That action had born fruit, as we know, in the capture of Brown’s elder two sons. Neither had anything to do with the murders along the Pottawatomie, naturally. They picked the wrong relatives, as so many of us do. With his report to President Pierce, Shannon also enclosed a dispatch from John R. Church, a second lieutenant of the Cavalry. Church saw the Pottawatomie Rifles and reported the matter up the chain. This all happened on May 26, before the Browns reunited after the murders:

I came upon a body of men from Osawatomie and the surrounding country, who, as well as I could judge, numbered some seventy or eighty, although they pretended to have about one hundred and thirty. This body was commanded by a Captain Brown, and was evidently a Free-State party. They had been at Palmyra about two days, and had frightened off a number of Pro-Slavery settlers, and forced off, as far as I could learn, two families.

Church says “forced off” and “frightened,” not “dragged out of their beds and hacked to death.” He doesn’t mean the murders, or he would have said something more. The Free State men don’t say anything about scaring someone off in their accounts of the situation, but there mere presence might have done the job and they all told their stories with the more sensational news that followed in mind.

Church rode up to John Junior, the captain here, and informed him that bands of armed men of any politics broke the law. They needed to go home. “After considerable talk,” Brown agreed. Church stuck around long enough to make sure the Rifles broke camp, then moved on to chase a rumor that a hundred fifty Missourians had crossed over for a new invasion. Arriving, he found rumors and exaggerations. Bull Creek, the mooted concentration point, held only a few displaced proslavery people from Palmyra and a party aimed at going further west but stopped by the chaos ahead of them on the road. Others under the same officer as Church, Captain Wood, would arrest Brown all of two days later.

“A force competent to put it down”

Wilson Shannon

Governor Shannon had to do something. His choice of nothing previously worked the ruin he now faced. By ignoring Lawrence’s reasonable fears that a proslavery “posse” would turn out a band of hooligans bent on their destruction, he made their rampage through the town possible. In response to that devastation, John Brown went off into the night and committed five murders with his sons and a few others. Hauling proslavery men out of their beds and hacking them to death spread tremendous fear. Now that both sides knew for a fact that armed bands would hunt down and kill them for their politics, the volcano on which Shannon long sat would bear no more inaction.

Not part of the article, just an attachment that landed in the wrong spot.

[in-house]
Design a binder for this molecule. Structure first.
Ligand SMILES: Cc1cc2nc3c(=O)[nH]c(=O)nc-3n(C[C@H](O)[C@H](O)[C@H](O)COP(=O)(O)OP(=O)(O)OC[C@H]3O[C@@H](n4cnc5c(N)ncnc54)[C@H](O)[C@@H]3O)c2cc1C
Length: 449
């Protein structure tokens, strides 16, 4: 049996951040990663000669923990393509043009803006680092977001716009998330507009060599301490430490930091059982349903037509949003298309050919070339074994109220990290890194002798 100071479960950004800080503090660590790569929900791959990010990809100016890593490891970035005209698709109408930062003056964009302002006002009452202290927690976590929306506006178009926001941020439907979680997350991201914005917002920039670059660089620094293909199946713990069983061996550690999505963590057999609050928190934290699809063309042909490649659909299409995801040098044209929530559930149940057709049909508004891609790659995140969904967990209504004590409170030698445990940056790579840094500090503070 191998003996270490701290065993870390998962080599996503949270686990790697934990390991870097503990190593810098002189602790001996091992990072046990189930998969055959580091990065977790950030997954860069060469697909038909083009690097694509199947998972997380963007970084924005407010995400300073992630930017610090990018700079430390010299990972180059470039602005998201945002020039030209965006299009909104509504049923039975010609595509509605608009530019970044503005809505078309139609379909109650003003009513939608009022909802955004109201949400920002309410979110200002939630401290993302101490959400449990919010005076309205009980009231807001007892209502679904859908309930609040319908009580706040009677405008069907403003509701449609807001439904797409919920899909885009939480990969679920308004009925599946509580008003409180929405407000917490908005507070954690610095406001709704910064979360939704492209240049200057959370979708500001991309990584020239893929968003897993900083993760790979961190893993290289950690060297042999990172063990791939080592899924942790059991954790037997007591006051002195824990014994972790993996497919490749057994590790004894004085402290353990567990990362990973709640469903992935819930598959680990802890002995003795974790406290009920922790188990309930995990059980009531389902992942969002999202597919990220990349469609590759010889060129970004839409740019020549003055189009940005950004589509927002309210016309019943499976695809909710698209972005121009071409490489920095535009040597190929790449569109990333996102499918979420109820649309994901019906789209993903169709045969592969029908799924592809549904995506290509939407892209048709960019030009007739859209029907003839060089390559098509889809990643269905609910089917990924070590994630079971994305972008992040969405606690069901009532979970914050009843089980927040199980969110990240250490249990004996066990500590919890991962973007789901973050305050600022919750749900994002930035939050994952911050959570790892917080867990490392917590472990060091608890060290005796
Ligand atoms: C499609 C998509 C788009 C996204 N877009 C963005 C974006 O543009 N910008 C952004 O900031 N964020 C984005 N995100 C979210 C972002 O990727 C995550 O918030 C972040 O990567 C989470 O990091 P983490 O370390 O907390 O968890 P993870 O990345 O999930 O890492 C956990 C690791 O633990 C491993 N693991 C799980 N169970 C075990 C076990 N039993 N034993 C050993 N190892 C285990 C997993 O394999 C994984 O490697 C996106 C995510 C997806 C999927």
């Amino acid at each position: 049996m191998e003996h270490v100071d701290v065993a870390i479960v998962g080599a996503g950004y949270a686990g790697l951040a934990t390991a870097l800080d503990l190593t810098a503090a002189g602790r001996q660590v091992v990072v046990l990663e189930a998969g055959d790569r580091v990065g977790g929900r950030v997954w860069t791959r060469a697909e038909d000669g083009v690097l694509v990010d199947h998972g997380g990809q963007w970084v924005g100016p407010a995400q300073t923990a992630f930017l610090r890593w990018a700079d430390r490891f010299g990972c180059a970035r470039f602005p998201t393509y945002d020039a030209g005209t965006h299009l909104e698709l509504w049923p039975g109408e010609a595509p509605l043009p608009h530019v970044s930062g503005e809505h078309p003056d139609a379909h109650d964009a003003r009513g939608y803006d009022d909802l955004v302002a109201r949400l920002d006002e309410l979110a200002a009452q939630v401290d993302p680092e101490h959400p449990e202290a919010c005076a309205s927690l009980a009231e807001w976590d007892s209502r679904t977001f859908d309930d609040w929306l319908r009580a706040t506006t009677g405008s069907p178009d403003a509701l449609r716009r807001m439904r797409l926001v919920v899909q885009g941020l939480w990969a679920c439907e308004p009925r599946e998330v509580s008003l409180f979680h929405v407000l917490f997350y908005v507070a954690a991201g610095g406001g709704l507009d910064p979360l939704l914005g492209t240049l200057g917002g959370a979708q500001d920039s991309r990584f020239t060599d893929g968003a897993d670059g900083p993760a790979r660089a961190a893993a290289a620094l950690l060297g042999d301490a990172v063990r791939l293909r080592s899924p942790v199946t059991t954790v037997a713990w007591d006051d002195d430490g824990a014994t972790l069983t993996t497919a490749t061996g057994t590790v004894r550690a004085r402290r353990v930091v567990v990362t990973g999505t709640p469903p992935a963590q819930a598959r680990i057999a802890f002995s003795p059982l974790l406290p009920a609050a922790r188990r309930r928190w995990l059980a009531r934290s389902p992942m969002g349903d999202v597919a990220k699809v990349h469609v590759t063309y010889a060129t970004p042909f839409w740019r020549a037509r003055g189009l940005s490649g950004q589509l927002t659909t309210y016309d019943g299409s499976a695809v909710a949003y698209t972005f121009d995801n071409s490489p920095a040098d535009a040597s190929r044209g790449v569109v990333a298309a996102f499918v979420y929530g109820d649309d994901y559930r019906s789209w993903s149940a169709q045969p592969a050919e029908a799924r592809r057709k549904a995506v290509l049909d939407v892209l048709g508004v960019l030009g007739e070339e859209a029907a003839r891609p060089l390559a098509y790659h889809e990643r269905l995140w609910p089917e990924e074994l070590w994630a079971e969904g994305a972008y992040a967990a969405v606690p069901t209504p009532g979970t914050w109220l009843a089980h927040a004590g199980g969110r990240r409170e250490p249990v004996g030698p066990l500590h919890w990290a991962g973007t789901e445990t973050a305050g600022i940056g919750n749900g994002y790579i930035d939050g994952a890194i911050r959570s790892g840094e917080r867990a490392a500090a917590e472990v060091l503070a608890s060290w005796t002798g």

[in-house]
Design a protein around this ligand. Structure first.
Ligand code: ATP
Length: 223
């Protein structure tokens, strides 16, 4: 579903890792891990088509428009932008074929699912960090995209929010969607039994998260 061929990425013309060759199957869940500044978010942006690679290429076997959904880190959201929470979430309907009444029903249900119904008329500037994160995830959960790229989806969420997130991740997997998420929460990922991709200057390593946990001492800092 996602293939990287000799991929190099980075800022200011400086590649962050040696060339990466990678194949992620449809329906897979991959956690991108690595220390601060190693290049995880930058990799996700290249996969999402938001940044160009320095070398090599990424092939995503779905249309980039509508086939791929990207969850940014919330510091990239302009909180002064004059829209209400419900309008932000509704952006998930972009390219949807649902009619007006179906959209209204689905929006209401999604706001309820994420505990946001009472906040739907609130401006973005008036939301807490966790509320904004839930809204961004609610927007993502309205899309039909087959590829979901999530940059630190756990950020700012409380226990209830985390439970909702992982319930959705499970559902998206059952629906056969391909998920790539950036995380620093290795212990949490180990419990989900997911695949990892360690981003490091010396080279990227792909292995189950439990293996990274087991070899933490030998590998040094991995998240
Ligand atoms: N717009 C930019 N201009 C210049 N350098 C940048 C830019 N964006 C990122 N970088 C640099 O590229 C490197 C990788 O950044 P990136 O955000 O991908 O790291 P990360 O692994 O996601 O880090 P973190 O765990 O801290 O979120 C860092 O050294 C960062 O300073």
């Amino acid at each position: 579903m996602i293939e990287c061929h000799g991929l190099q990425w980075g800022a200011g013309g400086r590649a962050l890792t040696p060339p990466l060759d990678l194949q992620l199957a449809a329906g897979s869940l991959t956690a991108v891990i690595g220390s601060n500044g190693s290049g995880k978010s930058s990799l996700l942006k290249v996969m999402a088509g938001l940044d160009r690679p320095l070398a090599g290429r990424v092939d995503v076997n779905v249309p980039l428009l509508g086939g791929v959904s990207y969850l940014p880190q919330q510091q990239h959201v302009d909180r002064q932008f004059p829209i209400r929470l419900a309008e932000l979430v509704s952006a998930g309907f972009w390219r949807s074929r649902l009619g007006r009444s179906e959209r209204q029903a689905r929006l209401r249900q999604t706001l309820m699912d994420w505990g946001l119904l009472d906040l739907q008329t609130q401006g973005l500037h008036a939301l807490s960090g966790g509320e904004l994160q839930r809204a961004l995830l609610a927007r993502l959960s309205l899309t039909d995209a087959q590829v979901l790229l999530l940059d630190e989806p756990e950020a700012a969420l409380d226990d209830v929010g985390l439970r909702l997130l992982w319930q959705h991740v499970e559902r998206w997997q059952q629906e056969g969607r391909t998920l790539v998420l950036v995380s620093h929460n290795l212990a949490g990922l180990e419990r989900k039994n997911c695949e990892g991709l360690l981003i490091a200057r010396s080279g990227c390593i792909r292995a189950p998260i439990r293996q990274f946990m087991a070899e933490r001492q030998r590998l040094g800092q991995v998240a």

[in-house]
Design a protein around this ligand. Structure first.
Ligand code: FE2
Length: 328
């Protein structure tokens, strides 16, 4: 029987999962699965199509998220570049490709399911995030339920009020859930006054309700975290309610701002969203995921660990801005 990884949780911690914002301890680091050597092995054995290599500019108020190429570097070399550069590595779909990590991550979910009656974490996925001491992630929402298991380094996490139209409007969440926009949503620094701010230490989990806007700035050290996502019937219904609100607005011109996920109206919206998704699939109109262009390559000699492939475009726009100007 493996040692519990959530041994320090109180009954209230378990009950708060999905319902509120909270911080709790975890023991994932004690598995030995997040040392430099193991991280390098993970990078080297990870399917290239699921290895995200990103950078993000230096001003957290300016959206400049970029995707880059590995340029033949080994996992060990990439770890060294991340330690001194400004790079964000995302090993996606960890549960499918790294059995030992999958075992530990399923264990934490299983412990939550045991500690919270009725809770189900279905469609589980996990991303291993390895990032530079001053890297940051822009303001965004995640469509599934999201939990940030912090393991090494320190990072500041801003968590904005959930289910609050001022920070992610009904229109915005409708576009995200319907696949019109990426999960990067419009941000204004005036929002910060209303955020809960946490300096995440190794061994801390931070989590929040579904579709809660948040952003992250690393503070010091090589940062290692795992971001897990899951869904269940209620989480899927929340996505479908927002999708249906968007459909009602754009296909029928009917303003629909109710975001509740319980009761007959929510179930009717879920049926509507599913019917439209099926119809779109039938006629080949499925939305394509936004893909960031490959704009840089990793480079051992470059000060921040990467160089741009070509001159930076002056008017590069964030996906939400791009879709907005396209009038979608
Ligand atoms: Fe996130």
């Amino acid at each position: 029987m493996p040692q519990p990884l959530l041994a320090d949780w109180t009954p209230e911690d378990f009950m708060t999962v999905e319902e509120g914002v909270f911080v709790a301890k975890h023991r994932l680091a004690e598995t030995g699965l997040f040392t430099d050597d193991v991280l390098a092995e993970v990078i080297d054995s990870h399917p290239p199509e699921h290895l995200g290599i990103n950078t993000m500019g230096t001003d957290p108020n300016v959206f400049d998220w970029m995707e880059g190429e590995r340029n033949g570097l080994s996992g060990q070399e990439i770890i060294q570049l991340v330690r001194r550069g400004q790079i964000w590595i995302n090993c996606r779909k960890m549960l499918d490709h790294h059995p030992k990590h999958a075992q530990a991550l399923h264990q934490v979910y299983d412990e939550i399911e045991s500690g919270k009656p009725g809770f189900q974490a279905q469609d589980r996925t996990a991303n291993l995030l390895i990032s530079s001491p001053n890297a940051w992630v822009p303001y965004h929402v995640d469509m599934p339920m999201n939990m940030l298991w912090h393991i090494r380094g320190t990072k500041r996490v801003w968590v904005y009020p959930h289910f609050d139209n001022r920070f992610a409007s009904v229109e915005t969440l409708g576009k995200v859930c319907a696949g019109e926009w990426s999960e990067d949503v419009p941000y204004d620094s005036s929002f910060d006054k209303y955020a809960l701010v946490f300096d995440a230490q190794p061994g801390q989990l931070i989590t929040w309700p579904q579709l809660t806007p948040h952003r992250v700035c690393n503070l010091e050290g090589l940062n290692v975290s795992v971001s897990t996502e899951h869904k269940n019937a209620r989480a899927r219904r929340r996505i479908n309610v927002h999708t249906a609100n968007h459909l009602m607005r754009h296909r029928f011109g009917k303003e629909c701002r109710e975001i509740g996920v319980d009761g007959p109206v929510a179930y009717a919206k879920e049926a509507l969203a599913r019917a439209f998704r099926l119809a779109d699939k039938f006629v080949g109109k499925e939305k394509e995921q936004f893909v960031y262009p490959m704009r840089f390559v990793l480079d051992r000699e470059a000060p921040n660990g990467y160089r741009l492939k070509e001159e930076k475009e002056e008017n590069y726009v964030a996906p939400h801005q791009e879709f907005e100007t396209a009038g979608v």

When things got to this point in the past, Shannon stepped in. He tried to get the 1st Cavalry to interpose and went himself to Lawrence to negotiate a fragile peace that mostly endured from December until the end of April, when his inaction destroyed it. Even before news of the murders reached Shannon, he lurched into action in response to the sack of Lawrence. As he told the President:

I addressed a letter to Colonel Sumner, at Fort Leavenworth, calling on him for three companies of United States troops – one company to be stationed at Lawrence, one at this place [Lecompton], and one at Topeka.

Sumner, who this time around had orders ahead of time from the president to comply with Shannon’s requests, obliged. He also attached his letter to Sumner, which explains his motivation at the time:

In view of the excitement and present state of feeling in the country, and for the purpose of securing the safety of the citizens, both in person and property, as well as to aid in the execution of the laws and preservation of the peace of the Territory

That fits with Shannon’s consistent belief that events in Kansas could easily spiral out of control. He always casts the antislavery party as the real villains, but Shannon had eyes enough to see the obvious. He urged Sumner to “as little delay as possible” and added

The armed organization to resist the laws would seem to be broken up for the present, so far as the town of Lawrence is concerned, but there is danger that this formidable organization may show itself at some other point, unless held in check by the presence of a force competent to put it down.

Shannon the civil servant and Shannon the proslavery man share the same mind. The threat, even after a gratuitous attack on them, remains the free state men. The Governor needs force to put them down, not proslavery hooligans who have a fig leaf posse to justify themselves and promptly colored outside the lines. Though he didn’t know every detail of what happened at Lawrence then, he admitted to Pierce that he believed orders to respect private property and otherwise behave themselves got spotty adherence. Resistance to the laws counted as a vile crime for antislavery men. A proslavery mob could apparently do as they liked and the Governor would castigate them with the most eloquent of shrugs.

 

“How long shall these things continue?”

Wilson Shannon